EHR Association weighs in on MACRA, 21st Century Cures, asks for fewer delays

Vendor representatives from Cerner, Epic and others argue that mid-course changes in direction only waste the time and money of providers and tech developers alike.
By Mike Miliard
04:05 PM
ICD-10 rules

Officials from Allscripts, Cerner, Epic and two dozen other electronic health record vendors called for timeliness and clarity on requirements for MACRA’s Quality Payment Program in comments submitted to federal agencies on Wednesday.

The members of the HIMSS Electronic Health Record Association submitted the comments this to the Centers for Medicare and Medicaid Services and the Office of the National Coordinator for Health Information Technology on two crucial proposed rules: MACRA and the Trusted Exchange Framework provision in the 21st Century Cures Act.

In the first letter to CMS Administrator Seema Verma, the 30-member group thanked CMS for involving providers in the design of MACRA, and for the flexibility it has promised in various aspects of the QPP.

[Also: House budget backs Trump's drastic cuts to ONC]

But it expressed concern that "repeated delays in program implementation timelines, as we have seen over several regulatory cycles, as well as a continued lack of clarity around requirements" could discourage provider groups from adequately preparing for the performance improvements required under the Merit-based Incentive Payment System.

The group said it was reminded of similar delays in years past with meaningful use and ICD-10 rules. Such uncertainty "can condition providers to delay implementing necessary and beneficial changes in technology and its use in clinical practice," they wrote.

Healthcare providers and IT vendors have invested heavily in technology upgrades and process improvements, they said. "Being unable to realize a return on those investments because deadlines are moved creates disincentives to aggressive participation in future years. Overall, this pattern can inhibit the broader adoption of health IT, a necessary component to the transition to value-based care."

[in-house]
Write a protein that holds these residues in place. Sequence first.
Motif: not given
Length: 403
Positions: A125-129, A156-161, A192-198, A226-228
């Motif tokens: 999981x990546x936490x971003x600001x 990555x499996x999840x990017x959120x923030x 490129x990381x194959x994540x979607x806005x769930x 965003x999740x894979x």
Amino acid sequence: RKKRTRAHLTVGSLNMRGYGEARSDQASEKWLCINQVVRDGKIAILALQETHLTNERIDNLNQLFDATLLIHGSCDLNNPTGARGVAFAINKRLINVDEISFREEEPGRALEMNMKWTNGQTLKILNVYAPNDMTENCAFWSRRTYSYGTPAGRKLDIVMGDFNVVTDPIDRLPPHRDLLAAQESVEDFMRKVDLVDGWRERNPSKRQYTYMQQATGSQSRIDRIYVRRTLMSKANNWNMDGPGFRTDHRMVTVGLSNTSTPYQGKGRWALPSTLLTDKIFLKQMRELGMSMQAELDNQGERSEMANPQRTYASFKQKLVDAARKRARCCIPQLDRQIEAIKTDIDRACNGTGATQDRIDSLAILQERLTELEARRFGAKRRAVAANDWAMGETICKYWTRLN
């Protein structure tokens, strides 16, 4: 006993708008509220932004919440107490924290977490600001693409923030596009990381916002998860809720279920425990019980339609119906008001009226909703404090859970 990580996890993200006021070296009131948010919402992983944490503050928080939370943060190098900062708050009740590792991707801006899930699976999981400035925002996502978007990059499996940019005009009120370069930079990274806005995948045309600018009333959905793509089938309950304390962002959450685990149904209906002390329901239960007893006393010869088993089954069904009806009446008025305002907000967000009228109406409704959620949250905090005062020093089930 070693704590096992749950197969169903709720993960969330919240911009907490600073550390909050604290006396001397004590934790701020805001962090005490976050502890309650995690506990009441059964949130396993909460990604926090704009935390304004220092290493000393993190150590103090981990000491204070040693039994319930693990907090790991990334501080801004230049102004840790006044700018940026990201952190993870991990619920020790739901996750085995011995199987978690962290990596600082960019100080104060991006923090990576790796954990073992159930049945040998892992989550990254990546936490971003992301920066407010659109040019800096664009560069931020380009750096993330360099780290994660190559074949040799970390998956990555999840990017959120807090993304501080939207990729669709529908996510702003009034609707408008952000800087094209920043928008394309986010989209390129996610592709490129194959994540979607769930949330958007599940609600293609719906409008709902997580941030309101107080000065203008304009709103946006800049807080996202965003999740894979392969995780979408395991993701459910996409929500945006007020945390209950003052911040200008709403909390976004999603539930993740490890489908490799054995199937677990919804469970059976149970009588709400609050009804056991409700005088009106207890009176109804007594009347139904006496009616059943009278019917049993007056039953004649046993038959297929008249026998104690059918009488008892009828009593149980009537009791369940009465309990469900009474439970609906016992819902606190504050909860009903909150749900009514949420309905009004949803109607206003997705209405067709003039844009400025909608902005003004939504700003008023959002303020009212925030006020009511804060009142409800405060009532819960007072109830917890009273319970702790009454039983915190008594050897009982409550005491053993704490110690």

It's imperative for CMS to get it right as early as possible in the rulemaking process, the group told Verma – arguing that mid-course changes in direction only waste the time and money of providers and tech developers alike.

That said, EHRA offered several points about technology requirements for various components of the QPP.

For instance, with the new virtual groups option for reporting to MIPS in 2018 "there remains uncertainty as to how data can and should be submitted for these groups," they said. "Many providers in small practices who may opt to form virtual groups will be using different EHR systems, which will require them to combine data prior to submission."

Given those challenges in interoperability and data aggregation, the group called on CMS to set clear expectations as to how virtual groups should submit data across categories and from multiple systems while ensuring their information is aggregated and reported correctly to maximize the group’s composite performance score."

MIPS grades providers based on their performance across four categories, and the association had detailed suggestions for Verma and CMS about the requirements for how EHRs can support Improvement Activities, Advancing Care Information, Cost and Quality components.

Make interoperability framework voluntary, EHRA says

Meanwhile, in a letter to National Coordinator for Health IT Donald Rucker, MD, the EHR Association offered its thoughts on the Trusted Exchange Framework and Common Agreement – key interoperability provisions contained within the landmark 21st Century Cures Act, signed by President Barack Obama in December 2016.

Chief among EHRA's suggestions: The trust framework should be "voluntary, with future work building upon existing standards and technology approaches for interoperability."

The association also reiterated its support for secure exchange and nondiscrimination in data-sharing; urged ONC to build upon the substantial investments already made by various provider and vendor stakeholders rather of introducing disruptive mid-course changes; and pointed out that some comment areas proposed by ONC seem to go beyond specific requirements of the Cures Act, and should be classified as policy goals rather than statutory requirements.

The group also offered a long list of technical suggestions related to standardization, transparency, security, patient safety and more.

Twitter: @MikeMiliardHITN
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